A muddy garbage-strewn area at a Fitchburg Housing Authority site has been transformed into a beautiful butterfly garden that provides habitat for butterflies and other pollinators as well as environmental learning opportunities for children.
What was the problem? During rain events, water flowing from a nearby hillside could not percolate through the soil and pooled in a flat area below resulting in an unsightly wet area. With the help of Fitchburg DPW, a trench was dug and crushed stone and a perforated pipe was laid. After filling in the trench, 1,000 sq. ft of soil was removed from the top 18 inches around the area and a sandy loam was added. This final layer was graded with a slight bowl shape to aid in water retention. The very next day after completion, a heavy rain left no puddle! To get ready to plant the garden, this loam layer was overlaid with a permeable weed barrier and a stone pathway was created. Then, with the help of neighborhood residents, community volunteers and a work crew from the United Way Day of Caring, over 100 colorful butterfly-attracting plants were planted in the sandy loam area.
This bioretention area is part of a larger “Big Field” project aimed at transforming a large green space at Green Acres Village, a Fitchburg Housing Authority complex, into a multi-generational active living space. The Big Field project is part of Fun ‘n FITchburg’s efforts to prevent obesity and get people more physically active.
Stormwater is a leading cause of damage to streams, lakes, and water supplies. Fortunately,there are effective ways to prevent and fix polluted runoff. Leominster took a community approach to stormwater problems to remove 500 tons of debris and sediment from Monoosnoc Brook.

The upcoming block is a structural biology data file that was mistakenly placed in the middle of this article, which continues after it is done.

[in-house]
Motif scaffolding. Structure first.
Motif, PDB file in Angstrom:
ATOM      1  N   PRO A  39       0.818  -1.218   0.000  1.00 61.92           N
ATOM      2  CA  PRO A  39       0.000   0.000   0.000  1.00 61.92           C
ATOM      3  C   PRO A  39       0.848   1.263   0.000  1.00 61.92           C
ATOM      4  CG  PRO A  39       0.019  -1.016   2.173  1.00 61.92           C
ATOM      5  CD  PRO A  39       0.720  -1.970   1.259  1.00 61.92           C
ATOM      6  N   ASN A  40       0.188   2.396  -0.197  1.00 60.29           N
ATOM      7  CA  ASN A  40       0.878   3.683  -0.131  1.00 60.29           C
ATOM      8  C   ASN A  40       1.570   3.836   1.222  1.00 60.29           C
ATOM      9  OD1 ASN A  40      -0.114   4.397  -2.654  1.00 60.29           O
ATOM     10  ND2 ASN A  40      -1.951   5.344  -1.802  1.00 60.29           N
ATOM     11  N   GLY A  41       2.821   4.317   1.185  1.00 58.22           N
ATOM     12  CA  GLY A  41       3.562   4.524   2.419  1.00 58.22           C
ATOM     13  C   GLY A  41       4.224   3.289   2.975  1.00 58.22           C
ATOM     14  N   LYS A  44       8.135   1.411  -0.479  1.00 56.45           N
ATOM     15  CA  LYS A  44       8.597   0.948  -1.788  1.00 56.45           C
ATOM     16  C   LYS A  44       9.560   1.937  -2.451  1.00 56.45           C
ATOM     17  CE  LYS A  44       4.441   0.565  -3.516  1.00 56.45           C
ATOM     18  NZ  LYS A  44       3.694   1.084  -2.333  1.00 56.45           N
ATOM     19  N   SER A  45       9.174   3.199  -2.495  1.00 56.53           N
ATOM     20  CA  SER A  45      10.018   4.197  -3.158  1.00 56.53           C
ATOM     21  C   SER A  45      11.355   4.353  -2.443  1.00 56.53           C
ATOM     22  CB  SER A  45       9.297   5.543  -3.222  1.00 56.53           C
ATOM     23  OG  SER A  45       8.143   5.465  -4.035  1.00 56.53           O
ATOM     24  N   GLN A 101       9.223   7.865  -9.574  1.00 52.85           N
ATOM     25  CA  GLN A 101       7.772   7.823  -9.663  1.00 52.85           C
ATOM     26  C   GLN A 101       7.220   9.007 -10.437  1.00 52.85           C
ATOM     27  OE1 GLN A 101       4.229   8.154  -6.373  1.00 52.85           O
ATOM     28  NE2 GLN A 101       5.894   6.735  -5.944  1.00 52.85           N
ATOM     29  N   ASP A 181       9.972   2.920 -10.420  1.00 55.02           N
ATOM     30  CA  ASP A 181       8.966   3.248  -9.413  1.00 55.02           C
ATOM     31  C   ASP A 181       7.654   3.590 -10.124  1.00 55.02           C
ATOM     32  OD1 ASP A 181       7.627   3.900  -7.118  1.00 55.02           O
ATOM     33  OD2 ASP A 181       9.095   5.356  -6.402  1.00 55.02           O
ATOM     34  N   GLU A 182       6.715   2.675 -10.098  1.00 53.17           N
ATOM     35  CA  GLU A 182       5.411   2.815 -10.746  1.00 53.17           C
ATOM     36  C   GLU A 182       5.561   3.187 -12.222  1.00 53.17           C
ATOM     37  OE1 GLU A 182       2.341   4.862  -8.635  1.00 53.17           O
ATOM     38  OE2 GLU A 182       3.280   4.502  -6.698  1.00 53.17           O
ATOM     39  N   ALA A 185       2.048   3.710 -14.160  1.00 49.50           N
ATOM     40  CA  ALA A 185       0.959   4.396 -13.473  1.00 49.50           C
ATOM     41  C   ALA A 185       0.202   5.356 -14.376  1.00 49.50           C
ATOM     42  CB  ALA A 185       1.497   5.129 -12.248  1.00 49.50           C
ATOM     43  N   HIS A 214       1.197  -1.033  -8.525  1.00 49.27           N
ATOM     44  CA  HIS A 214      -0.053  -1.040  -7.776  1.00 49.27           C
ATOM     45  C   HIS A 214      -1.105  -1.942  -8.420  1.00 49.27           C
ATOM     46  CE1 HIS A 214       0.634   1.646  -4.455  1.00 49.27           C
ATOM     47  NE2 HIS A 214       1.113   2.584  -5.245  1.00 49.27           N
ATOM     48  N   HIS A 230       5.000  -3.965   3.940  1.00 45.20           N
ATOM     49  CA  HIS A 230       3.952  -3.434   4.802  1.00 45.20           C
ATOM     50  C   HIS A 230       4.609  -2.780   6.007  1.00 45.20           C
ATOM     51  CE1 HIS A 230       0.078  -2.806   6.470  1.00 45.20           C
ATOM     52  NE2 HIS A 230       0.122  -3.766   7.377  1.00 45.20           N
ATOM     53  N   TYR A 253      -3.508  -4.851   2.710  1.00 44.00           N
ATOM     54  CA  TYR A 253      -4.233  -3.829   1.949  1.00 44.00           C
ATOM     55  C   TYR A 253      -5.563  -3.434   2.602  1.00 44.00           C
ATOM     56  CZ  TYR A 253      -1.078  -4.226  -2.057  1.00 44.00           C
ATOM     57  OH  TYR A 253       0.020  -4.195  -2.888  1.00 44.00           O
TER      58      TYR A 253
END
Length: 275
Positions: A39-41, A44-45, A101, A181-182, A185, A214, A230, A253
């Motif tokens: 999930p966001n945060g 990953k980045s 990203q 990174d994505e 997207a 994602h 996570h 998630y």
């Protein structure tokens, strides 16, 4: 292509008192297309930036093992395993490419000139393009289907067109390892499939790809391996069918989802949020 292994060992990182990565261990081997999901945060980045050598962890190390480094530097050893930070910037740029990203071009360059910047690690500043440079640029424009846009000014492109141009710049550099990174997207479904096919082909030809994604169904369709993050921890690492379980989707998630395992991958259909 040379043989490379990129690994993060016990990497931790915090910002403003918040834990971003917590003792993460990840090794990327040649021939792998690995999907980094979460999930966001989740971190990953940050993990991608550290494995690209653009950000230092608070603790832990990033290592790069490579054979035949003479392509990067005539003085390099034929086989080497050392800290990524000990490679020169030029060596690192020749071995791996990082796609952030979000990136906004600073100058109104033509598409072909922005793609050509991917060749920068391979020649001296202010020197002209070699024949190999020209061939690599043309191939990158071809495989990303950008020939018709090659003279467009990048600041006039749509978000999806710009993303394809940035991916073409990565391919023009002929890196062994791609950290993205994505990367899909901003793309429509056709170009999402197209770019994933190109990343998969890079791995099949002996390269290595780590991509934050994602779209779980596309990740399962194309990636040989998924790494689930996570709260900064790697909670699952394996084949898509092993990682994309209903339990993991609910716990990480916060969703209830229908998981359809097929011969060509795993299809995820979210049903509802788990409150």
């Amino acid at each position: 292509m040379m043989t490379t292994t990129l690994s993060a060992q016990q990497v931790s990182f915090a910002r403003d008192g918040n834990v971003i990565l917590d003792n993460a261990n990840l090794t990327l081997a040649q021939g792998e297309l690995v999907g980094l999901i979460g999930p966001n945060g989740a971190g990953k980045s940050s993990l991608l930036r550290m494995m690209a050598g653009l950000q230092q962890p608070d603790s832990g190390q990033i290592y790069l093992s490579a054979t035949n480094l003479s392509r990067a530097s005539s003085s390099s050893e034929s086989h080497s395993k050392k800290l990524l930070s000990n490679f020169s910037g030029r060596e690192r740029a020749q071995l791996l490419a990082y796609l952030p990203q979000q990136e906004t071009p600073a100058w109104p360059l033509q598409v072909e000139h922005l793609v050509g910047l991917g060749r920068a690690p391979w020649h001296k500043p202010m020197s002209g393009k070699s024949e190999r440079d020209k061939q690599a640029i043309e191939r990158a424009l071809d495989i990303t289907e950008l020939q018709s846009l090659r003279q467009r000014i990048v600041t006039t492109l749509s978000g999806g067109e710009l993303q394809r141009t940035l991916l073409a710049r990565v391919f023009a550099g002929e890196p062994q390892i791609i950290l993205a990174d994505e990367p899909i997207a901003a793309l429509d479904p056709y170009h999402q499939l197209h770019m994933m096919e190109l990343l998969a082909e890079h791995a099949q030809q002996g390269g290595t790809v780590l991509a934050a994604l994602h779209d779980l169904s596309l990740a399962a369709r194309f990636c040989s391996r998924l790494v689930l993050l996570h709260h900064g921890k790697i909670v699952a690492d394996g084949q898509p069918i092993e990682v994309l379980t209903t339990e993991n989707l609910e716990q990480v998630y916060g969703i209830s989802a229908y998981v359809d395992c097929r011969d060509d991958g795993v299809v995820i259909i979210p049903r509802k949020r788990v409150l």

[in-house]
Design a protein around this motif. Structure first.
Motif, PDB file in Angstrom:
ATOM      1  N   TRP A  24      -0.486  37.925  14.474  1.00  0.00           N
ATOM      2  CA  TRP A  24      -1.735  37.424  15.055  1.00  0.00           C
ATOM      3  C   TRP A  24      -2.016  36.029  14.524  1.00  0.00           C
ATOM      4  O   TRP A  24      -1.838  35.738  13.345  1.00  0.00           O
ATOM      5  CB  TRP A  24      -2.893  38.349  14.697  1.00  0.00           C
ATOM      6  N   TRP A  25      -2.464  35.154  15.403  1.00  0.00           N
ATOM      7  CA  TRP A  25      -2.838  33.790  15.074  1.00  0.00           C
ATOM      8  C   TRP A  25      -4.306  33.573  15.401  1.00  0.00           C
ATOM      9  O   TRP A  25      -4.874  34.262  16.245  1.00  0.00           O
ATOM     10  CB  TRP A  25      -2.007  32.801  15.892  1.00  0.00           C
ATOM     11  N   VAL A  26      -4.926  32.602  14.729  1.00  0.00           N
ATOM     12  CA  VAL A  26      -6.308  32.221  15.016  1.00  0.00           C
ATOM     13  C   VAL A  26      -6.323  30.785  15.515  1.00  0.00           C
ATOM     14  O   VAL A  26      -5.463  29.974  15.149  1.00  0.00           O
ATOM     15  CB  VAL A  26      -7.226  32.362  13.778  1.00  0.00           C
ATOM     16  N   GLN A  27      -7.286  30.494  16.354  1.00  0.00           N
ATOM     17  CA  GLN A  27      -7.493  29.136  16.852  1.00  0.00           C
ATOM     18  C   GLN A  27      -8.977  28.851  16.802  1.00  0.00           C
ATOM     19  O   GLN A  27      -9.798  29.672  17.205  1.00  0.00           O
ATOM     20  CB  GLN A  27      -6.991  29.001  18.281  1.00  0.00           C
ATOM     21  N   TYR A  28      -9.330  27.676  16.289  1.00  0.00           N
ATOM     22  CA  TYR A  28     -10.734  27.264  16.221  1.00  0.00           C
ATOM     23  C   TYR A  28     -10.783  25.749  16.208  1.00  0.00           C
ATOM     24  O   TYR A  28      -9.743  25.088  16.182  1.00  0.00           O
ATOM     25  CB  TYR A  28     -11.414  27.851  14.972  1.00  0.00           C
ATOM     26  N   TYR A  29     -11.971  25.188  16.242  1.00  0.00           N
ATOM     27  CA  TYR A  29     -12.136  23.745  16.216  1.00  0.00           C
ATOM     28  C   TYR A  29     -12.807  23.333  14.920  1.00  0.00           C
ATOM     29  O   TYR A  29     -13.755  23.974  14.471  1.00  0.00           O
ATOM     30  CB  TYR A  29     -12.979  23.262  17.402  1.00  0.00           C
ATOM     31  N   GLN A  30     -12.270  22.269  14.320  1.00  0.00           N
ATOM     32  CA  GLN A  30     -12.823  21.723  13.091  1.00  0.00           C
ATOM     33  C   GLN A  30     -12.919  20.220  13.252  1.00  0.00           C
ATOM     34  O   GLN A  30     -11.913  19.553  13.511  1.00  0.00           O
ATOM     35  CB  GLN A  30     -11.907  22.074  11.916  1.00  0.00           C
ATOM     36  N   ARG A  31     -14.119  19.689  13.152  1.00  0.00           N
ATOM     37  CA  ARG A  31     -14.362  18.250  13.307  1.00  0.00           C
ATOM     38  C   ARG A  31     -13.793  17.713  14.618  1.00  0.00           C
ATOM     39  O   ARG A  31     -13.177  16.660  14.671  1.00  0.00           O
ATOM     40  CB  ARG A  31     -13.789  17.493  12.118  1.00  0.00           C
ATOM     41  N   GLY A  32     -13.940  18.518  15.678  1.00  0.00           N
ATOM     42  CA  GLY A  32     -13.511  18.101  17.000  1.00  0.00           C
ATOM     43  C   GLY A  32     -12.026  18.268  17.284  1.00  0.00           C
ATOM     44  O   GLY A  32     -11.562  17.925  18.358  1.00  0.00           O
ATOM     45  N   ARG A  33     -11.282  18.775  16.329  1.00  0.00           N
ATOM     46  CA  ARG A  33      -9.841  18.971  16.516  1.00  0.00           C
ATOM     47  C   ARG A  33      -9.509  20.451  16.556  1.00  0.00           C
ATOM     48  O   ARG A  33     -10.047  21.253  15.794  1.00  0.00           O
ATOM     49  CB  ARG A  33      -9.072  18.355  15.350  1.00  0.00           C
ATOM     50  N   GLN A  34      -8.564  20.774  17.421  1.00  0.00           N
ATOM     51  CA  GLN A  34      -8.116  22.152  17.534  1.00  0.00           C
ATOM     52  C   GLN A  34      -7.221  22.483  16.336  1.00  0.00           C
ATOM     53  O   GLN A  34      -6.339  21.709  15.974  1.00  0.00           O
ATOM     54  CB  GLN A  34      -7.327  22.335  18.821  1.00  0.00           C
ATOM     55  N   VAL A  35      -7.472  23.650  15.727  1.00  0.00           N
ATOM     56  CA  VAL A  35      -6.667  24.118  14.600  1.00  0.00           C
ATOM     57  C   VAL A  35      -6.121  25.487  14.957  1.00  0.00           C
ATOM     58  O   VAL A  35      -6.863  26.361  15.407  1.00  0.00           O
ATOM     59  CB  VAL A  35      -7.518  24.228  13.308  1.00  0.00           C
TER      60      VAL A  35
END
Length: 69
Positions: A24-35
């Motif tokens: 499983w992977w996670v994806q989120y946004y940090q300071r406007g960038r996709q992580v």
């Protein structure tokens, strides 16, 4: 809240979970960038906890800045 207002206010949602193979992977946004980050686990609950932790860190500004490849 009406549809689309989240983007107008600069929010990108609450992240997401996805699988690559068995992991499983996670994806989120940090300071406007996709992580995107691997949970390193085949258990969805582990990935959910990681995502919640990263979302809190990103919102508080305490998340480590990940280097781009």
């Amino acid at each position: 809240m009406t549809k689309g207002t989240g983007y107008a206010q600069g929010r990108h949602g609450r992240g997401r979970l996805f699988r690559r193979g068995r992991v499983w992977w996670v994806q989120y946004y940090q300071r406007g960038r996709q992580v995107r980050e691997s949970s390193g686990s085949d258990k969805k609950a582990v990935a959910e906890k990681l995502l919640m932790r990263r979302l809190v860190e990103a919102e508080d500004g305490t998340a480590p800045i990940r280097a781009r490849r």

Municipal boards, builders, engineers, and watershed and lake associations will gain practical information to make positive impacts in their own communities at a free workshop on October 17, 2014 at Leominster Library. Expert speakers will present guidance in selecting practices to achieve more pollutant reduction for less cost. The free 2-hour workshop will be followed by an optional tour of nearby bio-swales, tree box filters, porous walkways and other BMP’s.
Pre-registration is requested – email firstname.lastname@example.org , or telephone 978-534-0379.
The Monoosnoc Brook project has been partly supported with Federal funds from the Environmental Protection Agency to the MA Department of Environmental Protection under an s.319 competitive grant.
Shallow basins can be easily formed by building berms between the road and the lake. These berms prevent dirty runoff from entering the lake by creating areas where rain and snowmelt can soak into the ground, be filtered and deposit solids such as road sand. Because the basin is open, it’s easy to remove accumulated sediments each year or more often, as needed.
Construction is quite straight forward. A triangular stack of poles or logs forms the base of the berm, which is covered with soil material retrieved while cleaning the lake shore. The soil on the side of the berm is planted and/or seeded, providing useful habitat (turtle nesting beside one basin) that needs little or no maintenance.
Seven simple basins were built by volunteers for under $500 and capture over 10 tons of sediments a year. The top photo shows a three-year old sediment basin during a rainy day. The bottom photo shows six-week old construction – riprap will be placed on each end.